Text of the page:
- The snow condition in your skiing location. Assessing the snow condition helps you determine whether there is a likelihood of the occurrence of an avalanche. Check out resources like your local information center, National weather service website, open snow site, avalanche.org
- Location-specific avalanche information. Some information you need to gather includes the angle of slope and if it is more than 25°, depth of snow and how and when it was deposited in the area, when was the last avalanche activity in the area, terrain features like trees and gullies e.t.c
- It is always a good idea to be part of a skiing forum, especially in your area. The amount of information you can gather from such discussions is invaluable. Here, you can also connect with skiers and other parties in the space.
Are you fit for the trail?
Skiing, like any other sport, is an art that is mastered over time. But let’s get things straight, if you intend to ski off-piste you must first be well versed with blue and black runs and be comfortable skiing uphill since it involves more of uphill than downhill skiing. Otherwise, you will be risking too much. Secondly, skiing is muscle-intensive so you must be comfortable engaging in intense physical activity. If you checked all these, then here is what you need to bear in mind.
- Before you can venture into the risky rugged backcountry terrain, try skiing in a ski resort near you. Here you will learn the maneuvers and turns while you acquire knowledge on the best gear. Once you have practiced and mastered confidence, you will be prepared to venture out, of course in a group of experts. Still, ski in places with a minimal risk of an avalanche before you can take a higher challenge.
- While there do not go directly uphill. Start at the lower side country terrains and work your way up. This helps you to gauge your skill level and to decide how far you can go.
- If you have not considered taking a backcountry safety training program, you are not fit for the trail, period.
Tips for skiing backcountry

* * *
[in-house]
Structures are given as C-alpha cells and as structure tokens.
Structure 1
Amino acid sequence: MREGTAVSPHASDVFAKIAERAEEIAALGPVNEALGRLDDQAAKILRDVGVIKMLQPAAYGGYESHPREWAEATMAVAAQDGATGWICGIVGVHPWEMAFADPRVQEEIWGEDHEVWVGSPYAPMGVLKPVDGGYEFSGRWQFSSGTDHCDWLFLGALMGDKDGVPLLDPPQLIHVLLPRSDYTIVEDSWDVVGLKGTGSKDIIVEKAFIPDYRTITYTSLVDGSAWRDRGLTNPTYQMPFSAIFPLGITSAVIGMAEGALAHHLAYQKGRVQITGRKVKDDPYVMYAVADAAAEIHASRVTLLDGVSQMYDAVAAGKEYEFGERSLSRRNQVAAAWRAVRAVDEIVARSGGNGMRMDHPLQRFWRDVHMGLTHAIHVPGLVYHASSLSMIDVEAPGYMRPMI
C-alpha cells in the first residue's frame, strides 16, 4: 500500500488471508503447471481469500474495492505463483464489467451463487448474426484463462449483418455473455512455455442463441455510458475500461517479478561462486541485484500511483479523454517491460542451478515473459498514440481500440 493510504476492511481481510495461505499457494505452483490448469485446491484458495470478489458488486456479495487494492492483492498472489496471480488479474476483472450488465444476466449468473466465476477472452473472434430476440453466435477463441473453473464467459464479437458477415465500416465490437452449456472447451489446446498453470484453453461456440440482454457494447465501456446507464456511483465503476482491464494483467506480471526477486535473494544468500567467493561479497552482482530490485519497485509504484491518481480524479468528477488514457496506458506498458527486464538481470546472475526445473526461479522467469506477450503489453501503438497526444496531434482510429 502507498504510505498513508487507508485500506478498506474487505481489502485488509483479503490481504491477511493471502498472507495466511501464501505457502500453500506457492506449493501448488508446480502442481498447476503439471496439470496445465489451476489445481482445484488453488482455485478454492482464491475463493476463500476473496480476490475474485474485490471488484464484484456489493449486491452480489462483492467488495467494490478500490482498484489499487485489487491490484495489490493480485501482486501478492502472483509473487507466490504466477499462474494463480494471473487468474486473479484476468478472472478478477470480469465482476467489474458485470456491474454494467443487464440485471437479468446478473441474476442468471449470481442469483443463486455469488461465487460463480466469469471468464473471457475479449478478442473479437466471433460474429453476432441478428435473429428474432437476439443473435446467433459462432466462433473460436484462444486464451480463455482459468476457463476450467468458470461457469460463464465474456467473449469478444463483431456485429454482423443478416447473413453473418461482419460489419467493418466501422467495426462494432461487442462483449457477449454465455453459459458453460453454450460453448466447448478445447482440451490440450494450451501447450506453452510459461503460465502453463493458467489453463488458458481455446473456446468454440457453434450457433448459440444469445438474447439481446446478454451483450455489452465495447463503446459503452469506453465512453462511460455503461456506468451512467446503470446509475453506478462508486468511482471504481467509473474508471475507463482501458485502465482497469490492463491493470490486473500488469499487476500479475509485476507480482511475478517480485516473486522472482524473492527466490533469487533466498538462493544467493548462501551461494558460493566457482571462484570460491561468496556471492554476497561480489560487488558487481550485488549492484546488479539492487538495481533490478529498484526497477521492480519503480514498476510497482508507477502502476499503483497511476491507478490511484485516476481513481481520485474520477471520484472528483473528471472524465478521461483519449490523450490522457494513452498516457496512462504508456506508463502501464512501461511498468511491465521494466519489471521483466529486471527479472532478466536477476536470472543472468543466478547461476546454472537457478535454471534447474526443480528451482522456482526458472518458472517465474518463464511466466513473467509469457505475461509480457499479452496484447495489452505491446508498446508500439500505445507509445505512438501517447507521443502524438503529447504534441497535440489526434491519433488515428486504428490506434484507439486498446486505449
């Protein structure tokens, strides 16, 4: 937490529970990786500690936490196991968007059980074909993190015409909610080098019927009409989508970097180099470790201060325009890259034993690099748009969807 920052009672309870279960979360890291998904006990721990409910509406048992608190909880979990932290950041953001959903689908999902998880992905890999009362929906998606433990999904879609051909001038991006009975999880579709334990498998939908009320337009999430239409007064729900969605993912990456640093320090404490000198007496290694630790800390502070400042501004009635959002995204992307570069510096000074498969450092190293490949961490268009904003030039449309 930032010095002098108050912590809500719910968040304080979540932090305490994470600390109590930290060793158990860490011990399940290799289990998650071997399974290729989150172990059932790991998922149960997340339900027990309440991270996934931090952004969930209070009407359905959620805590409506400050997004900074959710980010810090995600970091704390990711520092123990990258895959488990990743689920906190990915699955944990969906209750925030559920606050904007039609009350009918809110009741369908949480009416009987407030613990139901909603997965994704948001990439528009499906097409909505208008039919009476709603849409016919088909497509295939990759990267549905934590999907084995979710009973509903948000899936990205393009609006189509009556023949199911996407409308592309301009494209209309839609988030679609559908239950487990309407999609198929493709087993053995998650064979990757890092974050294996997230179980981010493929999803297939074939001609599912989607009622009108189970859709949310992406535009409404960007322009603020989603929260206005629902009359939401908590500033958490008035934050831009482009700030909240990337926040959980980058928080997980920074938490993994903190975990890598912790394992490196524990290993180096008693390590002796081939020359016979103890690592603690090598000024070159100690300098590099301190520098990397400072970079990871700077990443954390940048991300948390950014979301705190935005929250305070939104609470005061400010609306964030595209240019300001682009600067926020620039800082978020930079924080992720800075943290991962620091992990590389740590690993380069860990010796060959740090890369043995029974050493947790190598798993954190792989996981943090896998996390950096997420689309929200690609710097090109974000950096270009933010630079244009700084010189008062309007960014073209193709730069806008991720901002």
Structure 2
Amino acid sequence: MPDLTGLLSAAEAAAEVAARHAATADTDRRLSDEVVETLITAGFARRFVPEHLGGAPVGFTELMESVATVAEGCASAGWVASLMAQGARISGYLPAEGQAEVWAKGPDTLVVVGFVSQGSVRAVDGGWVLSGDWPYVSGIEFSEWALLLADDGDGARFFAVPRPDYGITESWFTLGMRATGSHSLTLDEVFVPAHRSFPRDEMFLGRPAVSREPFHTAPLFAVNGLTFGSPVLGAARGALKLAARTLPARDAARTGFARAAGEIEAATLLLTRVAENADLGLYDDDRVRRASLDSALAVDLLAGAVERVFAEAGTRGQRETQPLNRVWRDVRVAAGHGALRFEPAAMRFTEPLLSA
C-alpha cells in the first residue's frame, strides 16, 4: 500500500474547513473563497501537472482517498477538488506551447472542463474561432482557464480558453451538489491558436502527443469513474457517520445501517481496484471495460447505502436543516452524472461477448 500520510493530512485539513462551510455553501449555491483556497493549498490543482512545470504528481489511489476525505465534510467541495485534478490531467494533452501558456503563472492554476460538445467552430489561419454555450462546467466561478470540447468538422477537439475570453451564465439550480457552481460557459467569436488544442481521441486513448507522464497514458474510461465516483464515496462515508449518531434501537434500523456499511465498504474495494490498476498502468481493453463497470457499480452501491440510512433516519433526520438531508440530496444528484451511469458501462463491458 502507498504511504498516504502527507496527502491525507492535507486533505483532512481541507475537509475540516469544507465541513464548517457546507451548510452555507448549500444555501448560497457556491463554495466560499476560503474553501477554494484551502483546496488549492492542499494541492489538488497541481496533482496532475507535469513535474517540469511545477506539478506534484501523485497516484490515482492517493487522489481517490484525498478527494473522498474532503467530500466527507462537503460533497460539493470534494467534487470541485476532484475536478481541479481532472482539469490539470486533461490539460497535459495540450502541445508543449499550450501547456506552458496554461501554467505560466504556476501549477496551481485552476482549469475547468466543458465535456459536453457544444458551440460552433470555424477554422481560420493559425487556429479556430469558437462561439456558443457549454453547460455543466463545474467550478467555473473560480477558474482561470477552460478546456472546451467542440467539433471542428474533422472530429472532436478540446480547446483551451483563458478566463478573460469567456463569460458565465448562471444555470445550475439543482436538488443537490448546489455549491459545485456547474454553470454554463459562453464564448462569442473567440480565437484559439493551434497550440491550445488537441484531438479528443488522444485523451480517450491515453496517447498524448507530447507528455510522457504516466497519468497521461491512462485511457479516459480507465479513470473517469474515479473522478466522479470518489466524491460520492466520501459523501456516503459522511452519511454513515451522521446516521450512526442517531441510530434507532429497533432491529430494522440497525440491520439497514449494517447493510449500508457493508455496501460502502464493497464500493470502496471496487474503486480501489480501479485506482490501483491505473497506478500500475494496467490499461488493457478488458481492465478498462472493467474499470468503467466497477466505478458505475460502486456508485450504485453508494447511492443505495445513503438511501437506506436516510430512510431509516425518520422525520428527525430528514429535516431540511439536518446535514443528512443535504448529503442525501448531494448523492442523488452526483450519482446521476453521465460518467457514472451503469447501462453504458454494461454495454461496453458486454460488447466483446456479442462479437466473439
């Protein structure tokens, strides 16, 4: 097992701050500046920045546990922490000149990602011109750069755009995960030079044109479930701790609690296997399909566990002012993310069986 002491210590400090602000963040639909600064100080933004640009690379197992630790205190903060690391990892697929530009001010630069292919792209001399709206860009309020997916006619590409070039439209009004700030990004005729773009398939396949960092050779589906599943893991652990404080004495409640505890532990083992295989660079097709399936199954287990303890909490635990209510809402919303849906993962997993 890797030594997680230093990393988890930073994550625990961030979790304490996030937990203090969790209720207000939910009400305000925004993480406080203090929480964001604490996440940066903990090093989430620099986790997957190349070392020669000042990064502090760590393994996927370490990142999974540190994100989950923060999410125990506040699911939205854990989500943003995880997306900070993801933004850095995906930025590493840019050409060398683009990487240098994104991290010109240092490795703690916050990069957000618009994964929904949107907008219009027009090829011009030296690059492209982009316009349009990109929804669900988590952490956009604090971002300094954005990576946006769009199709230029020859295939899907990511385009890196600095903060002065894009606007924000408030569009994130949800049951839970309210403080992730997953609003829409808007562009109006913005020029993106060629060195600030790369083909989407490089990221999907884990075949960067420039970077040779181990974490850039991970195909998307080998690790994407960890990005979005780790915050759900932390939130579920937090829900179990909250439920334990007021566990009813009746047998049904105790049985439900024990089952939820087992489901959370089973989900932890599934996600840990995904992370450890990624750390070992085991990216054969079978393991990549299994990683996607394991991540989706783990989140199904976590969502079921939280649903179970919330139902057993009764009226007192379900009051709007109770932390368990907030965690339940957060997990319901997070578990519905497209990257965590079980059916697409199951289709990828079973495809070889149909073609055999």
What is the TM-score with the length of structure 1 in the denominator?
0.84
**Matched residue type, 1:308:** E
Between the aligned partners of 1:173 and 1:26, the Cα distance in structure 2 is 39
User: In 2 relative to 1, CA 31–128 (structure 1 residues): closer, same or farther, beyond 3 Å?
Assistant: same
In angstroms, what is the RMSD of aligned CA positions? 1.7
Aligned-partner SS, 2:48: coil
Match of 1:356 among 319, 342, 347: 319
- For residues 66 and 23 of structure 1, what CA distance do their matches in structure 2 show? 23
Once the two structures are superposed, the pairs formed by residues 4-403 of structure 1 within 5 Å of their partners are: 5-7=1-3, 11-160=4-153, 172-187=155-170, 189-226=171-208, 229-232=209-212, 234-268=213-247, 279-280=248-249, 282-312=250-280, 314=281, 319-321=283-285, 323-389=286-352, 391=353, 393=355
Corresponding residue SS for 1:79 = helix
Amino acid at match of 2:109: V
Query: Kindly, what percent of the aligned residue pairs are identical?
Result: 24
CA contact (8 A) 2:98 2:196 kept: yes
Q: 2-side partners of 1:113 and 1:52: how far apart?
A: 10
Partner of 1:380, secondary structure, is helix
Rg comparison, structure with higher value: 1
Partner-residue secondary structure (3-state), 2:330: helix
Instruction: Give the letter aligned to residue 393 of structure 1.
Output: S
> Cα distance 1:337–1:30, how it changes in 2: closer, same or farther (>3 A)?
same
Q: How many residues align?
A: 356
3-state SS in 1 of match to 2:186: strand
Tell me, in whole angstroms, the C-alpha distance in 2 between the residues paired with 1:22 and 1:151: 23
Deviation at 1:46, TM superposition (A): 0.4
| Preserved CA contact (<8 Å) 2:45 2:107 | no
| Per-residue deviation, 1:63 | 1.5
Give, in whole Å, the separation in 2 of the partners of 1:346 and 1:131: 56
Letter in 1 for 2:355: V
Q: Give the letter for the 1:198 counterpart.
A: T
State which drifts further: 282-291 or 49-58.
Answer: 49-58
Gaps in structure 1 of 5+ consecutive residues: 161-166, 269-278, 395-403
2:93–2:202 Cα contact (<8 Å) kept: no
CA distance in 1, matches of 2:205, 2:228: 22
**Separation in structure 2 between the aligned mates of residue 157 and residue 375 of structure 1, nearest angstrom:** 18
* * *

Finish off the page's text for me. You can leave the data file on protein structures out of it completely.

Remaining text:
Here are some valuable safety tips for skiing backcountry, which are also in line with the hikers’ responsibility code
- Always follow your host. First, because they are well versed with the trails you are skiing on and second because it is safer to be around people particularly in areas prone to avalanches. If in a group, stick close to the group and observe the agreed upon group arrangements.
- Make sure others are aware of your plans. This includes the trail you intend to ski on, how much time it will take you to get back to the base and any other relevant information.
- Before setting out on a backcountry skiing venture, ensure that you are well equipped. Be well dressed and carry the necessary safety equipment. Remember that being armed is not only about safety equipment and wearing the appropriate gear, but also about being empowered with the knowledge of what to do in case of an emergency.
- Never underestimate the importance of a trained skiing guide.
- However much you will be equipped, be ready to turn back when the weather changes for the worst.
- Learn how to read weather, snow, and avalanche reports and know before you go, the weather conditions that you are bound to encounter.
- Have contacts of the local area rescue team. This will come in handy in the event of an emergency.
Backcountry Skiing checklist
- To find your way around carry a map or a GPS device
- To protect yourself from the sun’s rays carry sunscreen and sunglasses
- To protect your body from weather elements have the right apparel
- To light your way have a headlamp
- To treat injuries carry a first aid kit
- To start a fire have a lighter
- To repair your ski and bindings have a toolbox with the necessary equipment
- To address thirst and hunger have ample food and water supply
- To have a safe place to stay have a tent and a sleeping bag
Is backcountry skiing safe? The answer is yes.
This, however, means that you will have done everything necessary to venture into the backcountry terrain including getting the required skills through training, acquiring the necessary information prior to your trip, being in close range with the patrol team and fellow skiers, choosing terrain based on your ability, as well as making the right decision. Ultimately, the best tools one can have outdoor are knowledge and experience.